“Right” thinking is thinking that is guided by the Holy Spirit. It takes the world we perceive – the world brought forth by the body, its senses and appetites – and uses it to demonstrate that nothing real can be threatened and nothing unreal exists (T-in.2:2-3). This insight takes time to develop and integrate.

Ego-based thinking is rooted in fear, judgement and separation. We learn it early in our lives, before we have any say over it. It’s not designed to be questioned; it’s designed to disappear into the background. It’s designed to take us over – get us invested in taking sides, defending our side and attacking others. Egoic thinking hijacks the body, putting it instantly to the service of survival. This leads to sacrifice, famine and war.

There is – thank Christ there is – another way.

In contrast, Holy Spirit-based thinking is founded on love, forgiveness and oneness. It is easy to dismiss these as mere abstractions or spiritual ideals, but they have psychological and behavioral correlates. They take form in the world and yield effects, the same as egoic thinking.

Therefore, the guide for thought that we choose shapes our behavior and relationships, and – through the principle of recursion – also shapes our ongoing experience of both self and other.

As we have noted so many times, the miracle is the shift in our thinking away from fear and towards love. It arises from the decision to listen to the Holy Spirit rather than the ego. In concrete and context-specific ways, when we are aligned with love, we perceive our brothers and sisters as both loving and worthy of love. Regardless of their actions, individually or collectively, we know we are one with them. Their worthiness and our worthiness are not separate.

As every gift my brothers give is mine, so every gift I give belongs to me. Each one allows a past mistake to go, and leave no shadow on the holy mind my Father loves. His grace is given me in every gift a brother has received throughout all time, and past all time as well (W-pII.316.1:1-3).

The miracle always emphasizes interconnectedness and innocence. And that emphasis always yields nontrivial transformations of behavior – not because behavior is the site of healing, or the goal of our learning, but because of the underlying belief system upon which we are relying to guide our perception. We notice behavior. It is a symbol of our thinking, and we can “read” it to better align ourselves with love.

We can either perceive a world that is fragmented and violent – one in which only survival matters, and survival is always our responsibility – or we can perceive a world which God created, in which Love awaits our shared remembrance, and all things become symbols not of separation but the end of separation, the undoing of separation. The ego does not want us to remember our Creator, much less our place in Creation.

Aligning our perceptions with “truth as God created it” means embracing – and extending – our inherent nature as expressions of God’s Love.

The world itself is beyond change, being merely a momentary perception. In the final sense, this is the true cause for peace. But in the interim, miracles transform our experience of the world, allowing us to perceive a home in which there is no cause for fear, guilt and separation. We can live this way now.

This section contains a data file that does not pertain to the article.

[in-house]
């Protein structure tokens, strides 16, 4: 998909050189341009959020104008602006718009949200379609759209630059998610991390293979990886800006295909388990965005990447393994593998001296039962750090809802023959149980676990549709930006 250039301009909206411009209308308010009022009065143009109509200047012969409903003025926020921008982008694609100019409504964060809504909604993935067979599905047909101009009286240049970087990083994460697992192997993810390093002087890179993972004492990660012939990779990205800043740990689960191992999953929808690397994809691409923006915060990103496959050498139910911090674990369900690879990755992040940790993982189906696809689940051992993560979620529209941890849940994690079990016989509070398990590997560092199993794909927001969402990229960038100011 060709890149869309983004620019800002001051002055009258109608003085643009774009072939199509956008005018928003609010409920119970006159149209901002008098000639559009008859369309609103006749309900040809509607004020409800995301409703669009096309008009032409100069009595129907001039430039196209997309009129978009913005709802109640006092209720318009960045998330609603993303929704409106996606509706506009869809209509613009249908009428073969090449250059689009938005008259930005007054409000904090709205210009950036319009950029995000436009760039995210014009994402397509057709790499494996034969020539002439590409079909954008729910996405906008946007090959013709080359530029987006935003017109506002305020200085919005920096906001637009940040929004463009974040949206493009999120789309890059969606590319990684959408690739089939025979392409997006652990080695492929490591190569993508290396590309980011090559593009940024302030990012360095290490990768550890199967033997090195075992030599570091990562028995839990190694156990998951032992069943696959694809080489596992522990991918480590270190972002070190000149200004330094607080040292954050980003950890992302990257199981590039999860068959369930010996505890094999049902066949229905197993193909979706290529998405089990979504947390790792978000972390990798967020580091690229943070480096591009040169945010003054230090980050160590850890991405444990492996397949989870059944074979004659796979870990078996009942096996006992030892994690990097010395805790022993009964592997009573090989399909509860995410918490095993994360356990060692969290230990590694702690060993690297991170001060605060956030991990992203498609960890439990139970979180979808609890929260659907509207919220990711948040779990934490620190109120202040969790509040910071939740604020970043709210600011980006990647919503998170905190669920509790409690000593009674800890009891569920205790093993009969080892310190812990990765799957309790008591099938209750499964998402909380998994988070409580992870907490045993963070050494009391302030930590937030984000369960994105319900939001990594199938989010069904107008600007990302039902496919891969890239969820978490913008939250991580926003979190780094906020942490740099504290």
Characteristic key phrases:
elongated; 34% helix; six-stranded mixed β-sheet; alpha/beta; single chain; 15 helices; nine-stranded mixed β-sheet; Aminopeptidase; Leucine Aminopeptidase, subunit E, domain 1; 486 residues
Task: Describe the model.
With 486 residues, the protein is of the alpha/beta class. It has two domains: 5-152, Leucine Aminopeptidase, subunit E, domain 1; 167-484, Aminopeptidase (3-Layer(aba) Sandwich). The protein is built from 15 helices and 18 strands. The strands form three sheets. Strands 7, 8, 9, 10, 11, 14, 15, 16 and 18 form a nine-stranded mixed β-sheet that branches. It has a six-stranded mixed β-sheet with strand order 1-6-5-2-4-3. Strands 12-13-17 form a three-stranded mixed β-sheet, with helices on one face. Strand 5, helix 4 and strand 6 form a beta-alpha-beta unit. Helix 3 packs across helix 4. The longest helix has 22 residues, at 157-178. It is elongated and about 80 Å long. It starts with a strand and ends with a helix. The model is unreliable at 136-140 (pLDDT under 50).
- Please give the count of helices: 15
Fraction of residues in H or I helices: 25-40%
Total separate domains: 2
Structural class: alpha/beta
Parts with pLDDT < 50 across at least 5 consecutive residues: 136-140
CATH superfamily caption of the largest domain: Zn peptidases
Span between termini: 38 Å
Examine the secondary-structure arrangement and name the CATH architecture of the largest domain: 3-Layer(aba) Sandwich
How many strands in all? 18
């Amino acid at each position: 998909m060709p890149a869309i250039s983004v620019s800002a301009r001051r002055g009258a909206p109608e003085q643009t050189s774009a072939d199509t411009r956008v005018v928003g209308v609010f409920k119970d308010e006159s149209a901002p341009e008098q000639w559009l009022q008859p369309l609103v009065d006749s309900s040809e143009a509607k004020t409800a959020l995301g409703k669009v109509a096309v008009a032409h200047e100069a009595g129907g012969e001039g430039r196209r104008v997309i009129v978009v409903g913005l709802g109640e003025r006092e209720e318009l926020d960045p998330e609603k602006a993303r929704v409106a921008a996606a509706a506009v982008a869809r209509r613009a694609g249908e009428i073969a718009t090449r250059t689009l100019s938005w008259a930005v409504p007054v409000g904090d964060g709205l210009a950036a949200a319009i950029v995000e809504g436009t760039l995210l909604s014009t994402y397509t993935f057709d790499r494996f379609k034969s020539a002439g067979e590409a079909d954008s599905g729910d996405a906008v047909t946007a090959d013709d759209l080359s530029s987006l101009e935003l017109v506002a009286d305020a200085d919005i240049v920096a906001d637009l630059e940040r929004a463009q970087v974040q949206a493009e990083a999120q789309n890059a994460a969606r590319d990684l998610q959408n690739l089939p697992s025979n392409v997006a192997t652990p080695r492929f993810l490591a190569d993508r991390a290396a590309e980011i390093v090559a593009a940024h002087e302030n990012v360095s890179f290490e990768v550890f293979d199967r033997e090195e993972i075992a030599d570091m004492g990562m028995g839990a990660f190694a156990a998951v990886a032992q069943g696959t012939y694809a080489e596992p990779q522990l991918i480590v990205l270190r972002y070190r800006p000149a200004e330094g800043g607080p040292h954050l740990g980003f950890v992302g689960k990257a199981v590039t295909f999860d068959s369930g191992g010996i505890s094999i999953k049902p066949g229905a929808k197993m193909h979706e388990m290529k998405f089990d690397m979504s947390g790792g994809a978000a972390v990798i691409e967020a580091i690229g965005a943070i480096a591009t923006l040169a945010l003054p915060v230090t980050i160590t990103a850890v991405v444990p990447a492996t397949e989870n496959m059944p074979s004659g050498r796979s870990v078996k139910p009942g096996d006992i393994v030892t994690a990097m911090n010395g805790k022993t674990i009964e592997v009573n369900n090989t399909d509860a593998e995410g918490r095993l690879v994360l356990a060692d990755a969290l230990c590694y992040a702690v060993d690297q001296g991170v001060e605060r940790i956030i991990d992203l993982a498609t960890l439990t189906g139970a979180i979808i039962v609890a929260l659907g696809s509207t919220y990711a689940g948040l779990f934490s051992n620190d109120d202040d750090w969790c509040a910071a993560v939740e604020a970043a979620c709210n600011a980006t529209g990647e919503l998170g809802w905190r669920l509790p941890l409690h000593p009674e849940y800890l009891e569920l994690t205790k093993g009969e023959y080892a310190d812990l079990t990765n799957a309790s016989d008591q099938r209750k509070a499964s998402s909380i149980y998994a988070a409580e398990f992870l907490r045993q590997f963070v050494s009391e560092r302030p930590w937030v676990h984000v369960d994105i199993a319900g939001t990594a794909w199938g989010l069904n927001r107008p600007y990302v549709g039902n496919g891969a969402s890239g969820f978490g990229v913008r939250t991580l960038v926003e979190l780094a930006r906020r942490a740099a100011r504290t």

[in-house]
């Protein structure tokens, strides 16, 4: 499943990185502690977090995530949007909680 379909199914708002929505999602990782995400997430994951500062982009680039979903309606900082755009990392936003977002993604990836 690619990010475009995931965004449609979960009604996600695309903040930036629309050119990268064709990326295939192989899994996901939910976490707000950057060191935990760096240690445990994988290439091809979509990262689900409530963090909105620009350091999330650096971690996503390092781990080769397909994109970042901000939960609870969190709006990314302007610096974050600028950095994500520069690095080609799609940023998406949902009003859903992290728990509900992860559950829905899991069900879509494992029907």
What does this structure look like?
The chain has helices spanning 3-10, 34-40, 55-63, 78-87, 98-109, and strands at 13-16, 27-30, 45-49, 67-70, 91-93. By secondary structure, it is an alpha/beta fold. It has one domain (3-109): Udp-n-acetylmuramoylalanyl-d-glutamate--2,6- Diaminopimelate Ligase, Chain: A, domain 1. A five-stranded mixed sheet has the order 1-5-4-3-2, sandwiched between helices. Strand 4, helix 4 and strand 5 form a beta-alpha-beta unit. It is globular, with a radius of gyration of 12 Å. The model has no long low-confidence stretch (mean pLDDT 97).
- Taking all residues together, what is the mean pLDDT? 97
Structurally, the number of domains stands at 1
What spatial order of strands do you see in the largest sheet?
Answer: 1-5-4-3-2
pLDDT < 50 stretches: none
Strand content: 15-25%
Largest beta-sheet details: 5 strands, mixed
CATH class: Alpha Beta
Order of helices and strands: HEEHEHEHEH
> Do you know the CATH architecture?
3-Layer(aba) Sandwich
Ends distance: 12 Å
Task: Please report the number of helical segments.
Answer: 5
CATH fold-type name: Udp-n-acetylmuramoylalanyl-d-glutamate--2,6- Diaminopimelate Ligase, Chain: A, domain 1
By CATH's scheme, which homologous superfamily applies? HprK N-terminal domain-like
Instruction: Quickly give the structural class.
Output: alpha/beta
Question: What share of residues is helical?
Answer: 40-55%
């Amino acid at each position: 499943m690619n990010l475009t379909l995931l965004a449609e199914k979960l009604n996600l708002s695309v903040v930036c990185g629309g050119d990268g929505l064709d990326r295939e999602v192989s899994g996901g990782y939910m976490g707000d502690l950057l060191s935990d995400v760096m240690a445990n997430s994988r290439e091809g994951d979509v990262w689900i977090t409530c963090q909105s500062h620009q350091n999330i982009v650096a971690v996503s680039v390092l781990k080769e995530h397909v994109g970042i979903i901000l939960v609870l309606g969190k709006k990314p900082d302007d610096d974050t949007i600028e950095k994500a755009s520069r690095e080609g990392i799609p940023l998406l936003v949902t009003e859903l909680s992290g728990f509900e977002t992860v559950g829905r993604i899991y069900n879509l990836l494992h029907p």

Remembering what we are in truth means having our function to heal restored to our awareness. We reclaim our inheritance in Creation – not through fear but through Love.

The Forty-Third Principle of A Course in Miracles

Miracles arise from a miraculous state of mind, or a state of miracle-readiness (T-1.I.43:1).

The question is always what do we want? And how do we know we want it?

It is easy to say we want miracles, but it is hard to clear our mind of the conditioning of the brain – its distractions, biases and confusion – to make room for miracles. A Course in Miracles teaches us how to undo that which obstructs Love, but the necessary precedent is our willingness that it be done. Are we ready?

That is the question posed by this principle. Are we ready? But also, how do we know? Most of us will say we are ready. Most of us want to want miracles. But to really want them is to be clear what they will undo – they will undo what is personal, they will undo our sense of privileg, they will undo the illusion of privacy. For most of us, those things are not easy to give up! Miracles are not about what we get, but what we give up, in order to learn how create the way God creates. But at least at the beginning, miracle-mindedness appears difficult, even impossible.

We say we want the peace that surpasses understanding, and we say we are ready, but how do we know we are not lying to ourselves?

When we practice A Course in Miracles, in time, we learn that we do not know what we do not know. We realize there are depths to life of which we are as yet unaware, and this realization humbles us. It makes us realize that the utility of our thinking is always conditional because it’s always only partial. Therefore it is always prone to error. Therefore, we need correction at a very fundamental level. We need to reboot the self; we need to be born again.

To engage in self-deception is not a crime against God or nature but, because it will not make us truly happy, it is an opportunity to ask if there is another way, one that does not seek to know but rather to live peacefully and resonantly with not-knowing. This is the question the saints and the mystics resolve – not by finding an answer but rather by living lovingly without the answer.

And yes, paradoxically, no-answer is the answer. But it’s no good saying it. We have to come to the insight through application.

There is nothing we can do to generate the miraculous state of mind. Or rather, the only thing we can do is see that we do not presently have it, or that we have it but are unsure if we truly have it. When we are no longer willing to stunt like ACIM experts, what happens? We see that our will is not perfectly aligned with God’s Will, nor with Love, and so we ask for help. We become open. “Not my will Lord but yours be done.” We have to reach this juncture in an authentic way. We really have to become willing.

The power to work miracles belongs to you. I will provide the opportunities to do them, but you must be ready and willing (T-1.III.1:7-8).